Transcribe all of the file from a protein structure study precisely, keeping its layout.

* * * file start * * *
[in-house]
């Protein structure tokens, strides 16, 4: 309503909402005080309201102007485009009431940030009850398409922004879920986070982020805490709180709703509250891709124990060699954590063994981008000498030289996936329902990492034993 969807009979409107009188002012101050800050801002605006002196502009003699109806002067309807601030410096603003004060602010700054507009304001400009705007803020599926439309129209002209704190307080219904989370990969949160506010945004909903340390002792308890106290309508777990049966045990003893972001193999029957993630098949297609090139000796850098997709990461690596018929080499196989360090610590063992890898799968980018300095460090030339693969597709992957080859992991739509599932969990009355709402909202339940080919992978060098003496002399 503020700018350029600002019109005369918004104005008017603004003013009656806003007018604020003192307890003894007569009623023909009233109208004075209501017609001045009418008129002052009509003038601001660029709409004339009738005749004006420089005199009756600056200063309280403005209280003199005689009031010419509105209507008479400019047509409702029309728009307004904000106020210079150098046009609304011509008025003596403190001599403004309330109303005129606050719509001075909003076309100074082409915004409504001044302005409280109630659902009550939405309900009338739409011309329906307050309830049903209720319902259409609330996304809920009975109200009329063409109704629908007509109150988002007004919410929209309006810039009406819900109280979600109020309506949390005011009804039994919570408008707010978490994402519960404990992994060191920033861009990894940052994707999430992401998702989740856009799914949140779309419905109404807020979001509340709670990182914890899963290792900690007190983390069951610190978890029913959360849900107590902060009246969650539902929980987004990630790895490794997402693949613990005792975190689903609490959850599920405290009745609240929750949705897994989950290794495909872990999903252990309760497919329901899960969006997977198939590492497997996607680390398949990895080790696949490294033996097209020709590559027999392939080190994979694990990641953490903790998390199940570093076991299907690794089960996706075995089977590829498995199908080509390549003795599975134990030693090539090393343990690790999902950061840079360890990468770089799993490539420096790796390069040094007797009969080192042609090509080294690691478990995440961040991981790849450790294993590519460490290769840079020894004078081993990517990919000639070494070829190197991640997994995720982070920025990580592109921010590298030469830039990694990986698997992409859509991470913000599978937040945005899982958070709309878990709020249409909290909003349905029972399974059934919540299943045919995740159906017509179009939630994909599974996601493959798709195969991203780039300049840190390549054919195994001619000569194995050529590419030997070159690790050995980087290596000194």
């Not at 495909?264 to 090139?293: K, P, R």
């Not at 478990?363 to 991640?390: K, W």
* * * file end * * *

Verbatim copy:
[in-house]
């Protein structure tokens, strides 16, 4: 309503909402005080309201102007485009009431940030009850398409922004879920986070982020805490709180709703509250891709124990060699954590063994981008000498030289996936329902990492034993 969807009979409107009188002012101050800050801002605006002196502009003699109806002067309807601030410096603003004060602010700054507009304001400009705007803020599926439309129209002209704190307080219904989370990969949160506010945004909903340390002792308890106290309508777990049966045990003893972001193999029957993630098949297609090139000796850098997709990461690596018929080499196989360090610590063992890898799968980018300095460090030339693969597709992957080859992991739509599932969990009355709402909202339940080919992978060098003496002399 503020700018350029600002019109005369918004104005008017603004003013009656806003007018604020003192307890003894007569009623023909009233109208004075209501017609001045009418008129002052009509003038601001660029709409004339009738005749004006420089005199009756600056200063309280403005209280003199005689009031010419509105209507008479400019047509409702029309728009307004904000106020210079150098046009609304011509008025003596403190001599403004309330109303005129606050719509001075909003076309100074082409915004409504001044302005409280109630659902009550939405309900009338739409011309329906307050309830049903209720319902259409609330996304809920009975109200009329063409109704629908007509109150988002007004919410929209309006810039009406819900109280979600109020309506949390005011009804039994919570408008707010978490994402519960404990992994060191920033861009990894940052994707999430992401998702989740856009799914949140779309419905109404807020979001509340709670990182914890899963290792900690007190983390069951610190978890029913959360849900107590902060009246969650539902929980987004990630790895490794997402693949613990005792975190689903609490959850599920405290009745609240929750949705897994989950290794495909872990999903252990309760497919329901899960969006997977198939590492497997996607680390398949990895080790696949490294033996097209020709590559027999392939080190994979694990990641953490903790998390199940570093076991299907690794089960996706075995089977590829498995199908080509390549003795599975134990030693090539090393343990690790999902950061840079360890990468770089799993490539420096790796390069040094007797009969080192042609090509080294690691478990995440961040991981790849450790294993590519460490290769840079020894004078081993990517990919000639070494070829190197991640997994995720982070920025990580592109921010590298030469830039990694990986698997992409859509991470913000599978937040945005899982958070709309878990709020249409909290909003349905029972399974059934919540299943045919995740159906017509179009939630994909599974996601493959798709195969991203780039300049840190390549054919195994001619000569194995050529590419030997070159690790050995980087290596000194």
């Not at 495909?264 to 090139?293: K, P, R």
């Not at 478990?363 to 991640?390: K, W």